Effective measures to make your supply chain resilient
Globalization has led industries to conduct businesses in a borderless and more interconnected manner, which may frequently result in a lack of visibility into supply chains. This loss of control has made businesses so vulnerable that industries in almost all sectors have experienced at least one instance of supply chain disruption in the last few years. According to the BCI Supply Chain Resilience Report 2017, derived from 400 responses in 65 countries, 65% of the respondents had experienced disruption, of which 55% of the incidents stated a loss of productivity to be the most common consequence. Parallelly, impacted companies lose their share price by 7% on average as a result of supply chain disruptions.
It is now critically important for CFOs to distinguish and mitigate risks to secure stability and thereby create long-term business value.
A focus on moderate inventory, low-cost labor hires, or compressing redundancy can make the supply chains lean and brittle. Businesses must instead focus on performing a business impact analysis of their operations as well as their extended supply chains to learn of financial risks and map out the worst-case scenarios. Only then can they lay out potential solutions that can help reduce the expenses in the long run and improve the overall performance.
Here are some ways organizations can ensure visibility and build greater resilience into their supply chain:
- Understand the risks : With at least 80% of the organizations being concerned about supply chain resilience, a vital starting point would be to understand the risks associated with each supplier and the likelihood, significance, and the means to neutralize such risks. By integrating risk awareness into the supply chain design, organizations can balance proactive risk management capabilities. This could involve building extra supplier options or additional reactive measures that can correct the problems as they emerge. In addition, diversifying the supply chain can protect the business and the risks suppliers may face in case of a disruption. Such proactive mitigation capabilities can increase the built-in resilience and shelter the important segments of the supply chain.
- Adopt standardized processes : Supply chain flexibility can withstand consequential disruptions and effectively respond to demand fluctuations. One way of achieving built-in flexibility is by adopting standardized processes and mastering the ability to swiftly push production using interchangeable or generic parts, cross-training employees, and banking on identical parts and processes across the organization. All of this allows the company to respond quickly to a disruption by reallocating resources to the highest requirement in case of a disruption.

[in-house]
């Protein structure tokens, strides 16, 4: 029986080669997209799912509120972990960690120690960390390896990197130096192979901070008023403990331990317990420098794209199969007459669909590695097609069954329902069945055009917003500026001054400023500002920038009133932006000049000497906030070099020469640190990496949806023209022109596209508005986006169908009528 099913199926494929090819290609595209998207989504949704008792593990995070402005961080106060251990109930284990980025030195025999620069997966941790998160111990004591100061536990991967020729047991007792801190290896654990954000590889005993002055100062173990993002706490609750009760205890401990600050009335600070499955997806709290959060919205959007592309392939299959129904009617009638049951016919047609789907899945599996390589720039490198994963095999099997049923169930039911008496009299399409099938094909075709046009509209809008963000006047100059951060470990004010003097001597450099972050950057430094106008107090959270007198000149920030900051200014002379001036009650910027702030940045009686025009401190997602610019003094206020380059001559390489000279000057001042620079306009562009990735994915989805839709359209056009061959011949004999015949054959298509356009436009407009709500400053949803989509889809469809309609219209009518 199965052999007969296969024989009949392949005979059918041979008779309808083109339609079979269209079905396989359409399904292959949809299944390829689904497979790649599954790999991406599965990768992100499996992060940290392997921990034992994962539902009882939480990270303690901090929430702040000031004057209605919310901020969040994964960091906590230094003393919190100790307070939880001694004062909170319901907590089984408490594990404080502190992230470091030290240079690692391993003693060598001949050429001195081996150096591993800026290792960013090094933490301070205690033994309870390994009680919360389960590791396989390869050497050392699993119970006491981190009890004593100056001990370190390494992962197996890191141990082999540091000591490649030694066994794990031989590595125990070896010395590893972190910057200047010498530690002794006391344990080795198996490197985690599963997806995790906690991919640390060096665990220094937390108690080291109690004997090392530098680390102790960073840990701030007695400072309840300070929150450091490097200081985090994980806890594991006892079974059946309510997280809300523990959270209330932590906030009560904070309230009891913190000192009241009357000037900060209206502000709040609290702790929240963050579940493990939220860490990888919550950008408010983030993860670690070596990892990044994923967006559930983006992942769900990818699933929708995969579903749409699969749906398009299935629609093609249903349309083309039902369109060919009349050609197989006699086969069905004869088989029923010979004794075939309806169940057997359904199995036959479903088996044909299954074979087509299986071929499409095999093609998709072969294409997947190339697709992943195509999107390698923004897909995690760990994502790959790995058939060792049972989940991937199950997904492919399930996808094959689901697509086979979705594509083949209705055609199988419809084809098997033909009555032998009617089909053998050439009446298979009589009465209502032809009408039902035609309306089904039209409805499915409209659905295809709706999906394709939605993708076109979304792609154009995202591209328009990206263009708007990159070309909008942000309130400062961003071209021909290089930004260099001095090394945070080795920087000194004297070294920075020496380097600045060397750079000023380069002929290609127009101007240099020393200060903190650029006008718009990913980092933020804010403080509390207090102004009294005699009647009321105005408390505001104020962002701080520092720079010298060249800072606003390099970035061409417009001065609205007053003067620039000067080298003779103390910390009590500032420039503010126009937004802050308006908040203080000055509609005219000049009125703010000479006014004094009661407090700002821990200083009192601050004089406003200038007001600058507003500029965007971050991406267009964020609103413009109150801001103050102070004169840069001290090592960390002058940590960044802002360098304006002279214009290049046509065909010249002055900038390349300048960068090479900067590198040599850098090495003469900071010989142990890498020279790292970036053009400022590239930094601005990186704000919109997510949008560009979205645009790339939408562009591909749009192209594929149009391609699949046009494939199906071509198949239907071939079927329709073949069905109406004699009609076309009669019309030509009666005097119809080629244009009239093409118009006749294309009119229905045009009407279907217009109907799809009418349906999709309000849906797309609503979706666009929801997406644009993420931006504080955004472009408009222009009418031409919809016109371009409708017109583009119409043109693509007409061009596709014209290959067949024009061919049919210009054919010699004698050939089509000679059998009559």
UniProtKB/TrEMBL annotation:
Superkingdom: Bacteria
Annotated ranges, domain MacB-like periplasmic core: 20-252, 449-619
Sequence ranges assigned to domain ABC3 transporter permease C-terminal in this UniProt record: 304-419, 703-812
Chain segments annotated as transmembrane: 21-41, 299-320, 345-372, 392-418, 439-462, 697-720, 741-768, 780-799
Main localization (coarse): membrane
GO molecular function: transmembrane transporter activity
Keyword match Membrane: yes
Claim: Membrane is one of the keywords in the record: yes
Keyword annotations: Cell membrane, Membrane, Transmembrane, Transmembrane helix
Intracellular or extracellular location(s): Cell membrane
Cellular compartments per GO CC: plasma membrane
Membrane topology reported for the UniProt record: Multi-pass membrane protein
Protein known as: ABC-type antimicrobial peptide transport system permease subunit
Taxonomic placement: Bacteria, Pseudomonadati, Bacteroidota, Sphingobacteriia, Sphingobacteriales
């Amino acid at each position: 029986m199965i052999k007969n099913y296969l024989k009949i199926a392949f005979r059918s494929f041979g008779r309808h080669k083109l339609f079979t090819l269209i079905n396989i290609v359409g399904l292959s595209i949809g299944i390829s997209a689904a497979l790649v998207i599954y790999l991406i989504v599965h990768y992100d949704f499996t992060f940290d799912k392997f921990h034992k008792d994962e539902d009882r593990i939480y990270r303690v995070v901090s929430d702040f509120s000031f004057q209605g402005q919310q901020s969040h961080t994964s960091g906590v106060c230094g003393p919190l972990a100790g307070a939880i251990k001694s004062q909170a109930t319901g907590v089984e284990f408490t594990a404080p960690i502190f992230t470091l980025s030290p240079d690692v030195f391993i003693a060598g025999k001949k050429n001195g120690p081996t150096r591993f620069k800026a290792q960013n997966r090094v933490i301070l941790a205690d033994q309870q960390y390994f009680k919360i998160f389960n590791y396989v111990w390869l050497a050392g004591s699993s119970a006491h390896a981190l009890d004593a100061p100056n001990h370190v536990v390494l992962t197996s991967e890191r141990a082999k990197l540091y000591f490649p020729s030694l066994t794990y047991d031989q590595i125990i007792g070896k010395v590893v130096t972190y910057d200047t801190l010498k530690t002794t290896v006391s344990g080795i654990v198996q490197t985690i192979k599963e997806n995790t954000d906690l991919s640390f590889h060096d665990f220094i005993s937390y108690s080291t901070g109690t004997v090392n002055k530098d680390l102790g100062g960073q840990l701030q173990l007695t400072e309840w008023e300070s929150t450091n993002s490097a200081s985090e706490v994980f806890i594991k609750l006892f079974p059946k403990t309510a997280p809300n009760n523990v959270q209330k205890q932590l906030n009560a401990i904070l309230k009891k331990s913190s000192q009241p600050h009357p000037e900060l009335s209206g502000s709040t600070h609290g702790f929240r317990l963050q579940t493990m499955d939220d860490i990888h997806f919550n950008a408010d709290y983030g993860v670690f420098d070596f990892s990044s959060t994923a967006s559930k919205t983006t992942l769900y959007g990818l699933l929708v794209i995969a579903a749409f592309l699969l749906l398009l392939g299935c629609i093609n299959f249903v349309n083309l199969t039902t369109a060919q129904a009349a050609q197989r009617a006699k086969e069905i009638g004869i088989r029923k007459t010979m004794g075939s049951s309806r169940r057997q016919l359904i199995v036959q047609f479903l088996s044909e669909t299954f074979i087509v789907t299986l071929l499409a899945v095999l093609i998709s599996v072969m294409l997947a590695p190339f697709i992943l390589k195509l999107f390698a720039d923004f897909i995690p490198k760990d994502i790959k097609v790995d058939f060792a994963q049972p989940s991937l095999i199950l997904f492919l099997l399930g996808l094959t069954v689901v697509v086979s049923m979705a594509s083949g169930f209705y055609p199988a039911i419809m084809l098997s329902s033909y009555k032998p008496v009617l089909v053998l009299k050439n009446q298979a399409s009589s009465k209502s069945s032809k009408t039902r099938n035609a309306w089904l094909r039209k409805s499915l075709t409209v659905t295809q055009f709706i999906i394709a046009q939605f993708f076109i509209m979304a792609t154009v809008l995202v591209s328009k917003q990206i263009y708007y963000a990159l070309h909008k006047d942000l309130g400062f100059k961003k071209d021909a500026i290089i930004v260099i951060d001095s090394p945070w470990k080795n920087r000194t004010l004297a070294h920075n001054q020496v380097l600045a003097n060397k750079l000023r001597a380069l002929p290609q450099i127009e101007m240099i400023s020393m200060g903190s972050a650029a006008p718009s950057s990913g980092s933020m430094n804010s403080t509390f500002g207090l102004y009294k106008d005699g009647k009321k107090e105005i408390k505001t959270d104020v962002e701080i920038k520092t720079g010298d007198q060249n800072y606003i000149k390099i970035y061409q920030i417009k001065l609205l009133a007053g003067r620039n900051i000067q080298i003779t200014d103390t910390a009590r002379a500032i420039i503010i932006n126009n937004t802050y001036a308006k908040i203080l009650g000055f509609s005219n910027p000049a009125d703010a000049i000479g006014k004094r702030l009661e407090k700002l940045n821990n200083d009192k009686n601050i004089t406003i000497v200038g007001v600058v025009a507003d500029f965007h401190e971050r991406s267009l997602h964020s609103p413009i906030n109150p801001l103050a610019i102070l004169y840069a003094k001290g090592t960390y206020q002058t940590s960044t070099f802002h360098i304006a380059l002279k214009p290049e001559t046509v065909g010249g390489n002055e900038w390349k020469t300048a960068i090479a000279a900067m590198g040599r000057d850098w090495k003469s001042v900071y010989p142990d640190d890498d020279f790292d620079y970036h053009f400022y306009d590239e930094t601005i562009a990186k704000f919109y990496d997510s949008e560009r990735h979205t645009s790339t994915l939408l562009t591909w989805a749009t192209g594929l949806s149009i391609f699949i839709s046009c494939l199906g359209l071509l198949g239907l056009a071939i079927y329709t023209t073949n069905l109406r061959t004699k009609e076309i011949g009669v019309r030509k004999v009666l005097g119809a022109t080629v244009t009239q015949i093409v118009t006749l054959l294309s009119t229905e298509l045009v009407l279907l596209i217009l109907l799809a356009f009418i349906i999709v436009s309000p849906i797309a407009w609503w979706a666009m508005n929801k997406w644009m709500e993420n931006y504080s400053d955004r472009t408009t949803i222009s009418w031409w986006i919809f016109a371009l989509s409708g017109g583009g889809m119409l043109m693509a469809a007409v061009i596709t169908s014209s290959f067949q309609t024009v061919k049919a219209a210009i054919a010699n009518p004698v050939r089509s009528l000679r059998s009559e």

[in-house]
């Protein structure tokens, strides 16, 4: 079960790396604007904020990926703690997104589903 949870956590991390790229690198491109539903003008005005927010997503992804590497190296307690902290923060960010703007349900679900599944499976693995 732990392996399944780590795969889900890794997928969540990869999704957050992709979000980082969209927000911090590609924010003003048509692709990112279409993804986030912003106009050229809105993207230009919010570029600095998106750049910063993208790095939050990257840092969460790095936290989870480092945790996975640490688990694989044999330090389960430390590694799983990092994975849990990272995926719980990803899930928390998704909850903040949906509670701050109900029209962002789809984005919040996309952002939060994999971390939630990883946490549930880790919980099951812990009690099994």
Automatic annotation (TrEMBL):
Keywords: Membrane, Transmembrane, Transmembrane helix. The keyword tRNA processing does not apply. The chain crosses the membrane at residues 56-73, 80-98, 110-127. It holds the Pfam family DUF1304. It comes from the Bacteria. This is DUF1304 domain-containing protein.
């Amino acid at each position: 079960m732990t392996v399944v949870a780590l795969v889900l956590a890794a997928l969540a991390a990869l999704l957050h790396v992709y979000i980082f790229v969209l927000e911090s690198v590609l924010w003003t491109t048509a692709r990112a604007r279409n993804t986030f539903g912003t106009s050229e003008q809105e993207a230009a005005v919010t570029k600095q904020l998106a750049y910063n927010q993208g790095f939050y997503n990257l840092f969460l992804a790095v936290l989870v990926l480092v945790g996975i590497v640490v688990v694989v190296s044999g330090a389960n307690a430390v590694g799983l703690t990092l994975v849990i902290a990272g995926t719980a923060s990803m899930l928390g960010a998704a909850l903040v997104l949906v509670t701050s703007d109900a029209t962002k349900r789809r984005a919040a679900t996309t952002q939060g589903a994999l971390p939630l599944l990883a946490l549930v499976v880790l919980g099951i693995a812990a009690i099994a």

- Identify strategic priorities : Switching to concurrent processes instead of sequential ones in key areas such as distribution/production, product development, and the like can speed up recovery and improve market response, in addition to providing collateral benefits. Further, in case of an emergency, businesses can promptly assess the status for every activity if they align the supply chain activities in a way where they can view the operational areas simultaneously.
- Map the vulnerabilities : From regulatory compliance mandates, political turmoil, and increasing customer expectations to rapid technology changes, economic uncertainty, and more, today’s supply chains are vulnerable on many fronts. Therefore, understanding where the organization’s vulnerabilities lie can make the supply chain resilient and help implement mitigation measures when a disruptive event occurs.
- Maintain supplier relationship : Whether organizations rely on an extensive supplier network or only on a small group of key suppliers, they must maintain significant relationships with each. Knowing about each trading partner and their capabilities can help detect potential supply problems and deal with them beforehand in case of any unforeseen circumstances. A monitoring system can also address the suppliers’ resiliency gaps, ultimately leading to an effective resiliency and transparency in the organization.
It is clear that an effective way to safeguard against supply chain disruptions is to be proactive and to consider a long-term view when building the supply chain. Organizations can combat disruptions with better planning, strategies, collaborations, and operations by implementing a strong corporate culture, flexibility, and Six Sigma practices to speed up the process of recovering after deformation on respective parts along the supply chain.